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Retired publishing executive ecstatic with the idea of spending most of his time on the coast of Maine

Monday, July 26, 2010

Ground wars

To look at the lawn from a ways away, especially in this wet and humid summer, is to pretend it's a real lawn, green and quiet. Up close, however, there's an awakening. It's green, but it's not quiet. That is, there's a war of weeds going on. The tangle and jangle amongst the puny tufts of grass is deafening.

Actually, I don't mind this war. In normal summers, most of the grass is browned by now and the various dandelions and worts provide some illusion. This year, it's almost lush. Nor do I care to have the kind of trophy lawn prized in certain sections of certain suburbs: far too much work, far too comfortable. And the kicker: I like to weed.

Well, let me qualify. I don't particularly like to weed gardens, for that keeps the mind too active thinking about past failures and future fixes. The point of lawn weeding is not to think. Also, you can't really sit in a garden.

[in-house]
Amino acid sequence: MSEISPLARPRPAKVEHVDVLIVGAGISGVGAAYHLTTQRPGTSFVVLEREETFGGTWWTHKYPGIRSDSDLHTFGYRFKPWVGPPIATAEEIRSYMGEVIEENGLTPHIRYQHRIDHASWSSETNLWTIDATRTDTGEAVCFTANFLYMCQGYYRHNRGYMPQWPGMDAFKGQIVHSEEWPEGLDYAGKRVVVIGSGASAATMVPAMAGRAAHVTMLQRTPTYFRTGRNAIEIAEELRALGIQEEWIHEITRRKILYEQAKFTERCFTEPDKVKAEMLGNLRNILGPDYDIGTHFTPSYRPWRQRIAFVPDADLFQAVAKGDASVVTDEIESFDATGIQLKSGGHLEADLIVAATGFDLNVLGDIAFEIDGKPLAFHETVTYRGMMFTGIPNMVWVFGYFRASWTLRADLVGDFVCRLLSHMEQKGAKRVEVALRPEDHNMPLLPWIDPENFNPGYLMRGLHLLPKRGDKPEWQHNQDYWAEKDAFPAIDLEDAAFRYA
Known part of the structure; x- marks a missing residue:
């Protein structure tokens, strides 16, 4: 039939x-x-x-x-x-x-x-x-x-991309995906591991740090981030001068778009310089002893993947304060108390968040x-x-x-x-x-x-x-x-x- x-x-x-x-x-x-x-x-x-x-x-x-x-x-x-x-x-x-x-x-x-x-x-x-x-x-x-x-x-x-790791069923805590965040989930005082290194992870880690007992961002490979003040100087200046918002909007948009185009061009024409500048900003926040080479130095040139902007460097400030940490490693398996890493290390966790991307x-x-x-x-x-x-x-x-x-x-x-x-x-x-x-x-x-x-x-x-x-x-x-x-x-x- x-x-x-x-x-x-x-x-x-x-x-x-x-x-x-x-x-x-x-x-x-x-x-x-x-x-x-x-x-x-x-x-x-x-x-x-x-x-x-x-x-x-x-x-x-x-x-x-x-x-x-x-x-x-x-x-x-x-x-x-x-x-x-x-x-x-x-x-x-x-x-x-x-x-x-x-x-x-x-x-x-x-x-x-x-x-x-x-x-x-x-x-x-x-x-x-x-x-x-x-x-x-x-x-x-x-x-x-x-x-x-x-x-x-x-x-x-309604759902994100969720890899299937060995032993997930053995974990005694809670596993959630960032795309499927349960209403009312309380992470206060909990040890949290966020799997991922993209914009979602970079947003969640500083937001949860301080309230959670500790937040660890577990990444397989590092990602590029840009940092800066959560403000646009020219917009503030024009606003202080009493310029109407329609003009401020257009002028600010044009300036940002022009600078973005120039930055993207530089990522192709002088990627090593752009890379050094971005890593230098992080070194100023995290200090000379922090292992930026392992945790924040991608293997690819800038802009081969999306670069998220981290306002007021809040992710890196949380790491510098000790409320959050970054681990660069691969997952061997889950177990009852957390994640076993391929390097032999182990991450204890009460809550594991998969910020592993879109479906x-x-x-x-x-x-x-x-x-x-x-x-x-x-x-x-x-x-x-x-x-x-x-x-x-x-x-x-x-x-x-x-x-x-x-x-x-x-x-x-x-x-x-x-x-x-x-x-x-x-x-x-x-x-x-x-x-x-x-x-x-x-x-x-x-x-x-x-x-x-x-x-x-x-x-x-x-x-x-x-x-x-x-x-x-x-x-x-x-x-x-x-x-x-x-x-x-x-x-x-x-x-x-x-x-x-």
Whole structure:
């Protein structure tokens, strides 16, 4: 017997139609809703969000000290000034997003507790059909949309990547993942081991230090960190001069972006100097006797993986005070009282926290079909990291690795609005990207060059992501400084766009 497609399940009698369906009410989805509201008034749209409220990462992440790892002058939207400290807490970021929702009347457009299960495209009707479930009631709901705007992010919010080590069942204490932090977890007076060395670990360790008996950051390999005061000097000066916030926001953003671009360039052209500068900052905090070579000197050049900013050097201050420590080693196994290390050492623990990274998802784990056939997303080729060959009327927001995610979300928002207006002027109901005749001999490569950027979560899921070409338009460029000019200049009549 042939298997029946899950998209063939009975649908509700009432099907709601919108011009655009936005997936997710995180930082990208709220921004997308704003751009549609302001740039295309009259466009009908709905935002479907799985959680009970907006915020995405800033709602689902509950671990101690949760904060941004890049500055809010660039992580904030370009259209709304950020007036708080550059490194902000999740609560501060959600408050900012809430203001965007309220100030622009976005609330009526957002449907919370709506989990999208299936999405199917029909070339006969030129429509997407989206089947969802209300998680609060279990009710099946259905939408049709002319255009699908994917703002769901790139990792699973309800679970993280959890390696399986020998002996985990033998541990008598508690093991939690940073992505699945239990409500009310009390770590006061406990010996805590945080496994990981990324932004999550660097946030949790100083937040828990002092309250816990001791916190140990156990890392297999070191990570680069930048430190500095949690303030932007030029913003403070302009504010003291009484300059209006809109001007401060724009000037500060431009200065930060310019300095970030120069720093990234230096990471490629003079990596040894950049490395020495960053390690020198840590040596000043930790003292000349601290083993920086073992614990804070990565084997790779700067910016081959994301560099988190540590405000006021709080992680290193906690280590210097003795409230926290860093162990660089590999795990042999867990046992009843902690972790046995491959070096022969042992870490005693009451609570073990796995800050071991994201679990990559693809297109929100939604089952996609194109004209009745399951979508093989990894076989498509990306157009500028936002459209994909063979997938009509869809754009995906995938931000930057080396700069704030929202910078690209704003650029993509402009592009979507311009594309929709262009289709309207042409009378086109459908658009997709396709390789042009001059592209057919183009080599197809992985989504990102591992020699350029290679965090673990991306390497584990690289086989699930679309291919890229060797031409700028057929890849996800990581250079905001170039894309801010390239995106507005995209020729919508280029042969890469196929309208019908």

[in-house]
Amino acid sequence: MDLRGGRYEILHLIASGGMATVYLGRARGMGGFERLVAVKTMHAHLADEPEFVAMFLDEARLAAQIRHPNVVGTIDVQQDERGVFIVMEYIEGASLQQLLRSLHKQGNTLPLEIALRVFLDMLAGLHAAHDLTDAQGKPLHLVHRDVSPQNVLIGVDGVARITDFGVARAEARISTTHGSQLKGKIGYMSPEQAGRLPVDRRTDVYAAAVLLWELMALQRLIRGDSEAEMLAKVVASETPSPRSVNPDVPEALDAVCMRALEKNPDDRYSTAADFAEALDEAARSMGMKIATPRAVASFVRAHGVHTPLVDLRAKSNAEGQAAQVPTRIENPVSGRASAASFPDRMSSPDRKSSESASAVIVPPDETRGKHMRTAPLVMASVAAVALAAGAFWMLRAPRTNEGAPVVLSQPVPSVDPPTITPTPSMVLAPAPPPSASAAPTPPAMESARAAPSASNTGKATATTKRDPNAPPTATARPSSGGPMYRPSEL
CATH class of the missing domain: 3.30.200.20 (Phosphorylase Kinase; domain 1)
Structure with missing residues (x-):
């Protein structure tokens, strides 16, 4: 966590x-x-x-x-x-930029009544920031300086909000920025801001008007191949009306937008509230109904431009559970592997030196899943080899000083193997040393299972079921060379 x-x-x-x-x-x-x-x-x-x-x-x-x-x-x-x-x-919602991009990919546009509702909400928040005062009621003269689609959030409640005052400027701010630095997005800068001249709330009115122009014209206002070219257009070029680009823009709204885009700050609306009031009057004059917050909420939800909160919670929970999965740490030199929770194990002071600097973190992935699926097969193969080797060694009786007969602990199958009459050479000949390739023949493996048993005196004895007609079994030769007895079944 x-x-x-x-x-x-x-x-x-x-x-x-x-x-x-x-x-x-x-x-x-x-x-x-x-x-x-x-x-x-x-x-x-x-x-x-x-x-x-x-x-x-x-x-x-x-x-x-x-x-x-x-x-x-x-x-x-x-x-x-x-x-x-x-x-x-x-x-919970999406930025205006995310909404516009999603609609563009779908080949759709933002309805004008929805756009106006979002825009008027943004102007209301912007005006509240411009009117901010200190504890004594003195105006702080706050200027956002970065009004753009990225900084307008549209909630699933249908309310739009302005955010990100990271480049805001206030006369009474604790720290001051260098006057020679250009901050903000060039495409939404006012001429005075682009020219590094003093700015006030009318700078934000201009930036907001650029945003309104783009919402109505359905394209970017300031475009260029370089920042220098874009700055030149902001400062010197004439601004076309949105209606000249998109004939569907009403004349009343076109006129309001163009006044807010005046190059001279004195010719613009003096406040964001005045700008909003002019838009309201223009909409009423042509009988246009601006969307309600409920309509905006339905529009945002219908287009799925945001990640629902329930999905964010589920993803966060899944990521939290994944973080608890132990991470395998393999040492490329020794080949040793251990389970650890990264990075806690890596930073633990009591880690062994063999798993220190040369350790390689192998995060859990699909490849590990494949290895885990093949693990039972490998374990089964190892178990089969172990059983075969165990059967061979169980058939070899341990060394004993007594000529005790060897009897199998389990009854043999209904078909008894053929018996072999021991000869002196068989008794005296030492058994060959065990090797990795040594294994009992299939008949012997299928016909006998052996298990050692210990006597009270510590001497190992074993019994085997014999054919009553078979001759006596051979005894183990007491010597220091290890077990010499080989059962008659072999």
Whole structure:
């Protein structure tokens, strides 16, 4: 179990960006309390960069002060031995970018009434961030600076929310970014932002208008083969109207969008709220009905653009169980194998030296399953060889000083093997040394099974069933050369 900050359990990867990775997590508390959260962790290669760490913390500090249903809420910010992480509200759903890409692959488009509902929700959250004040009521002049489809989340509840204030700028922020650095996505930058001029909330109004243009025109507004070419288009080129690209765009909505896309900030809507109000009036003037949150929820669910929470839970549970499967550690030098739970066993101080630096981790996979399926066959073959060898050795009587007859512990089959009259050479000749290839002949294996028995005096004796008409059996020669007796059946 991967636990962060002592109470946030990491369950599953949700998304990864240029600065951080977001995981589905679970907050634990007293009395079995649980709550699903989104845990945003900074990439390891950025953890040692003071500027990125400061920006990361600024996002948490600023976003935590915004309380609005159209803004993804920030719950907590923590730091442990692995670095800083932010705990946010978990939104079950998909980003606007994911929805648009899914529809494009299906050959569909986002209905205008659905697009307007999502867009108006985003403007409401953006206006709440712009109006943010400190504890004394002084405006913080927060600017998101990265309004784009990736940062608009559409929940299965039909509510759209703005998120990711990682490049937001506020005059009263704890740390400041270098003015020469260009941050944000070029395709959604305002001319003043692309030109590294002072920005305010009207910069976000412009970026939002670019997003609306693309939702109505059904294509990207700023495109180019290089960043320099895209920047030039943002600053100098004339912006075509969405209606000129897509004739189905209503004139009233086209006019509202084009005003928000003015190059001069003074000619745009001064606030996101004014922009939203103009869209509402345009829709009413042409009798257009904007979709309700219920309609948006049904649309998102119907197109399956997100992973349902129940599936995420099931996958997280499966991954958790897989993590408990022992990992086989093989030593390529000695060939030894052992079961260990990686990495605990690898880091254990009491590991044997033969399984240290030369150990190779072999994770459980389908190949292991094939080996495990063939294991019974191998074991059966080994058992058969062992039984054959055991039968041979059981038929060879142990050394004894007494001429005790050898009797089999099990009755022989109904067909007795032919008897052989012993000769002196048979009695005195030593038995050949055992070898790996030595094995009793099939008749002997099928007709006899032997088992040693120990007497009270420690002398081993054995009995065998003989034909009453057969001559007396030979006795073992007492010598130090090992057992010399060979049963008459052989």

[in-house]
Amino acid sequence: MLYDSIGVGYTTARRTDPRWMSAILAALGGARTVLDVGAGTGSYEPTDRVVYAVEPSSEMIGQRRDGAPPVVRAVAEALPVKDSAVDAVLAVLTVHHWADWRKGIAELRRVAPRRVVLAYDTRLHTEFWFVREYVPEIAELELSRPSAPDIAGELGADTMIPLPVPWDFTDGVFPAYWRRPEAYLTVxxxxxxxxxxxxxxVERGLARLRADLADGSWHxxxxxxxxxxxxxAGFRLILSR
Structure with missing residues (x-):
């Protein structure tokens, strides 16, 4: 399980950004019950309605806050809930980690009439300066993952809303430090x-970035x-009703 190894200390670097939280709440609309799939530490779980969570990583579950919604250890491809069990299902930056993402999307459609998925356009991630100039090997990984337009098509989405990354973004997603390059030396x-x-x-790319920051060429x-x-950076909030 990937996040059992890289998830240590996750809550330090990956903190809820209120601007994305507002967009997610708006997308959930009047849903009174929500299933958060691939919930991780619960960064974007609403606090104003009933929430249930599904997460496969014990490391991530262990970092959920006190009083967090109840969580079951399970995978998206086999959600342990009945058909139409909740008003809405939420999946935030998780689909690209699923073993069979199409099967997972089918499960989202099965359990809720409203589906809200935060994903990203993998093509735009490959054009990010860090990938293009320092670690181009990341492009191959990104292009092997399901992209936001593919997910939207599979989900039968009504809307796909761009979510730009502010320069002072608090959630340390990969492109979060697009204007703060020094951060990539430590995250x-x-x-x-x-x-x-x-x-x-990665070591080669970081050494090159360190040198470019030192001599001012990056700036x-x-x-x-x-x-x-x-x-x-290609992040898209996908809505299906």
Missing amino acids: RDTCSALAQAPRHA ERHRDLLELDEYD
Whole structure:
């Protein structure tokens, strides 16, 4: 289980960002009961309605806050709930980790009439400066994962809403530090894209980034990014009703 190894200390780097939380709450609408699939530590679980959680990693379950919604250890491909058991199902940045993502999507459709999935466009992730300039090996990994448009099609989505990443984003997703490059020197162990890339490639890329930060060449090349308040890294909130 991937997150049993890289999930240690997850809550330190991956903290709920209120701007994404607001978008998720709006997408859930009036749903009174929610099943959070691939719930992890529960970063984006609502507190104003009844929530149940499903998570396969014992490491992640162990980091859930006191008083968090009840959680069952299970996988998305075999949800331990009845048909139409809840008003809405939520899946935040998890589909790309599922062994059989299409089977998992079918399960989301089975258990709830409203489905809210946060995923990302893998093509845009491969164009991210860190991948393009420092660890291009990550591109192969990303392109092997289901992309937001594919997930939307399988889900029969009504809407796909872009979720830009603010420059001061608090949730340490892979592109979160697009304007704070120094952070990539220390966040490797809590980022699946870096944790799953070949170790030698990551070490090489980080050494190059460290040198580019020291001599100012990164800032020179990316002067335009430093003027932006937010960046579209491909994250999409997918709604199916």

So the proper technique for lawn weeding is as follows: each day, go around and behead the tall stems of dandelions, or if you're feeling ambitious, pry the enemy combatants out of the ground. This postpones the task of mowing; if you can sit on the deck and see that no stem or flower exceeds, say, six inches, you're OK at tomorrow at least. Then, as a reward, sit on a suitable section of lawn, sunny if it's cool, shady if it's hot, and engage in battle. I recommend sitting with your back to the bay. It's far too easy to get distracted from the task of mindless reverie if you're always looking out at things of beauty and thinking about how your initials could stand for John Keats. Use your dominant hand, please. The other one is awkward and gets in the way of smooth nothingness. Every once in a while close your eyes and murder by touch. You can easily discover those little weed nodules, above which leaves sprout and below which roots debouch, without the use of radar such as eyes. This is important for appreciating that weeding is an endless, dark and hopeless task, especially in a lawn like this one. Stop after half an hour, in the interests of mental health.

There. You've satisfied your blood lust, made a square foot of yard safe for suburbia, and composed your next blog post.

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